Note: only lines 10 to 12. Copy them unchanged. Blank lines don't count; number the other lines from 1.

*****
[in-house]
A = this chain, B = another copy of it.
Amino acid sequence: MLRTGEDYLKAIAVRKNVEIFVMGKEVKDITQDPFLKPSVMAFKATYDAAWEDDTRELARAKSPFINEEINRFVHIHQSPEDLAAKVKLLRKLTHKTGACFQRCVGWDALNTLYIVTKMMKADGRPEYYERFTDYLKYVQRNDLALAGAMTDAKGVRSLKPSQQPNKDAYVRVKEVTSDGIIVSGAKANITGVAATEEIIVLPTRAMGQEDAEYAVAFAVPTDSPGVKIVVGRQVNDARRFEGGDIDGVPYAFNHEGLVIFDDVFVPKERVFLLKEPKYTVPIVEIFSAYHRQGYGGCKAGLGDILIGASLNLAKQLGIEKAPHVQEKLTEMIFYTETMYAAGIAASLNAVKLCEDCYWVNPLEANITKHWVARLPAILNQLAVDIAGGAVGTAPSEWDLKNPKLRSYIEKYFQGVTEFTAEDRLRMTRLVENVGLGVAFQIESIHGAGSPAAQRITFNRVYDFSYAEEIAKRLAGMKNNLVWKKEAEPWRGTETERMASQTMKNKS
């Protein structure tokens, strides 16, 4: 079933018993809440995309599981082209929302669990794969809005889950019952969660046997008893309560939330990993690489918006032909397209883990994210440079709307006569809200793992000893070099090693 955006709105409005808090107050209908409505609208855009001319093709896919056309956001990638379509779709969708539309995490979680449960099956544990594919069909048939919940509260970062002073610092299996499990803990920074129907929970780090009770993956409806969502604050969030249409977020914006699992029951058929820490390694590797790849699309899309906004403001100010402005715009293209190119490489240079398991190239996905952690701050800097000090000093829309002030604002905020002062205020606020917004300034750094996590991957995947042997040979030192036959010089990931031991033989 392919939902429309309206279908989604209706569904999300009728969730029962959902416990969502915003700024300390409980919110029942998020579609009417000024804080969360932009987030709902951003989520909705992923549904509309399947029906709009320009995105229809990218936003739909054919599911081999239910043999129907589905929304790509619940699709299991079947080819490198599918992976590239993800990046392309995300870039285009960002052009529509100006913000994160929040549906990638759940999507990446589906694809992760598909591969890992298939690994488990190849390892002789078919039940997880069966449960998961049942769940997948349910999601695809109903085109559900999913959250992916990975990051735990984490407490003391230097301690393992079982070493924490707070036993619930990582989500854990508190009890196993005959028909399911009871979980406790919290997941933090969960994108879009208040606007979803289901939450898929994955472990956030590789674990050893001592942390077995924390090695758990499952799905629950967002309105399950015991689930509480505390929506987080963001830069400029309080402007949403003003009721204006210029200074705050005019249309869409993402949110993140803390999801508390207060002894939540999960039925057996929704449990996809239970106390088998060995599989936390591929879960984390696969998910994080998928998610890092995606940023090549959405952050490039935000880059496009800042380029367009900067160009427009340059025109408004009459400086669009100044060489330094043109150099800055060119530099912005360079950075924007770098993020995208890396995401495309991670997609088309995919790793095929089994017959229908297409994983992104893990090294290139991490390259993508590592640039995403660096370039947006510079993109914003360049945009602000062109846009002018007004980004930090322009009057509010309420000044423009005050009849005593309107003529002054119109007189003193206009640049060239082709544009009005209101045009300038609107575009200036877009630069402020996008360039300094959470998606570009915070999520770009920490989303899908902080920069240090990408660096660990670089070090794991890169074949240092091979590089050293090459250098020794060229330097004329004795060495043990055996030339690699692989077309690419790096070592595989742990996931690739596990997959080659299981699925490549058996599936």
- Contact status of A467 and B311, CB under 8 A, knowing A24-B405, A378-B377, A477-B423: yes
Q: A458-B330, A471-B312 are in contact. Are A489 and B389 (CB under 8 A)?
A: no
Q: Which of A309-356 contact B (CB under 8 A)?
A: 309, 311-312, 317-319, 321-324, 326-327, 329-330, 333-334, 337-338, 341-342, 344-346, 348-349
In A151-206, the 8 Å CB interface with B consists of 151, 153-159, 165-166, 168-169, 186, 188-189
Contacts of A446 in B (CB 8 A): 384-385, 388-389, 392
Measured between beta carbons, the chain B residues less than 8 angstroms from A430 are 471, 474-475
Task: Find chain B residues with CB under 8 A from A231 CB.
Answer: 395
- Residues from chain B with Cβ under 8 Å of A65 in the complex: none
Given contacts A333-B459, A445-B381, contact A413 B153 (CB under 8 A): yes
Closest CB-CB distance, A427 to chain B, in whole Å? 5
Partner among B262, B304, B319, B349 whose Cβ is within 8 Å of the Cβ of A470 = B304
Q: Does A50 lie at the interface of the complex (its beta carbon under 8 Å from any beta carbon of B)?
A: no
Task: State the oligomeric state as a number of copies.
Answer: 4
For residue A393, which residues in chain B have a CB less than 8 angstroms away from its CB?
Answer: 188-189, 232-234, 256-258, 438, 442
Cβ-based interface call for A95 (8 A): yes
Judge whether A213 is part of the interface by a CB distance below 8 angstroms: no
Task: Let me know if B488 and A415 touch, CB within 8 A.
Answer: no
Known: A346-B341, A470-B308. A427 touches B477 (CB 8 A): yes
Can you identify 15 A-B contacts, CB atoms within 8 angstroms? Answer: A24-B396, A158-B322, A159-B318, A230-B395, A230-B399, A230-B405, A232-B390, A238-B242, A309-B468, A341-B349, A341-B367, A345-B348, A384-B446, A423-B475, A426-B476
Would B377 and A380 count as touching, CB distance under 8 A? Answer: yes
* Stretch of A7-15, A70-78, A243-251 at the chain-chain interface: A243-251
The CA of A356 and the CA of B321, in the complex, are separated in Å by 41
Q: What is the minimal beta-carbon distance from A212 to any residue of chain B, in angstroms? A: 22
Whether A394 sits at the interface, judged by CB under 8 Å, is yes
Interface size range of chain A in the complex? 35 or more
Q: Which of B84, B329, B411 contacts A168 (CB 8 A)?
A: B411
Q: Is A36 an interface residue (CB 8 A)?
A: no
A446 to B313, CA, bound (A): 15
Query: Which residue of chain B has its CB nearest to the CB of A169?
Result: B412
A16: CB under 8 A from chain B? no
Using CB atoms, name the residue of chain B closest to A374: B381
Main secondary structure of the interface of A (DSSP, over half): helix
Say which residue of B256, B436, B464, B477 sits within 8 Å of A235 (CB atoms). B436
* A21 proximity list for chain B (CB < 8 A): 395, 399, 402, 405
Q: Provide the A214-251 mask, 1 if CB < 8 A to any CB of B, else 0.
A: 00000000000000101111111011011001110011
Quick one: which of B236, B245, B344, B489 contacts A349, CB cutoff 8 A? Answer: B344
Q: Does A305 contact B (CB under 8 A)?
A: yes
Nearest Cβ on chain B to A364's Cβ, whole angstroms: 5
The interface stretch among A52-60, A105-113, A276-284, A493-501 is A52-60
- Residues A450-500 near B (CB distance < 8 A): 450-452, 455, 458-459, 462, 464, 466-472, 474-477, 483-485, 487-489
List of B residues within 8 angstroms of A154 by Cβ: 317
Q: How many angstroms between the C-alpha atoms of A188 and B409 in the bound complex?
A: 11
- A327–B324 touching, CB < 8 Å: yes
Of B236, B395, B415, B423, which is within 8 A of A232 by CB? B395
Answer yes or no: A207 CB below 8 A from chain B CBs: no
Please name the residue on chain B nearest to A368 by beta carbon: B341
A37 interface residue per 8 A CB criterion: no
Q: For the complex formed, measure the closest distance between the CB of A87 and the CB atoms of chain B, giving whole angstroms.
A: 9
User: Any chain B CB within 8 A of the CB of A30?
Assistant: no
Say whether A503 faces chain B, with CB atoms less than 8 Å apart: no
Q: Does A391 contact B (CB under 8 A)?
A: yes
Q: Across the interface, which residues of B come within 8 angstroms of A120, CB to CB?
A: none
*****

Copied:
In A151-206, the 8 Å CB interface with B consists of 151, 153-159, 165-166, 168-169, 186, 188-189
Contacts of A446 in B (CB 8 A): 384-385, 388-389, 392
Measured between beta carbons, the chain B residues less than 8 angstroms from A430 are 471, 474-475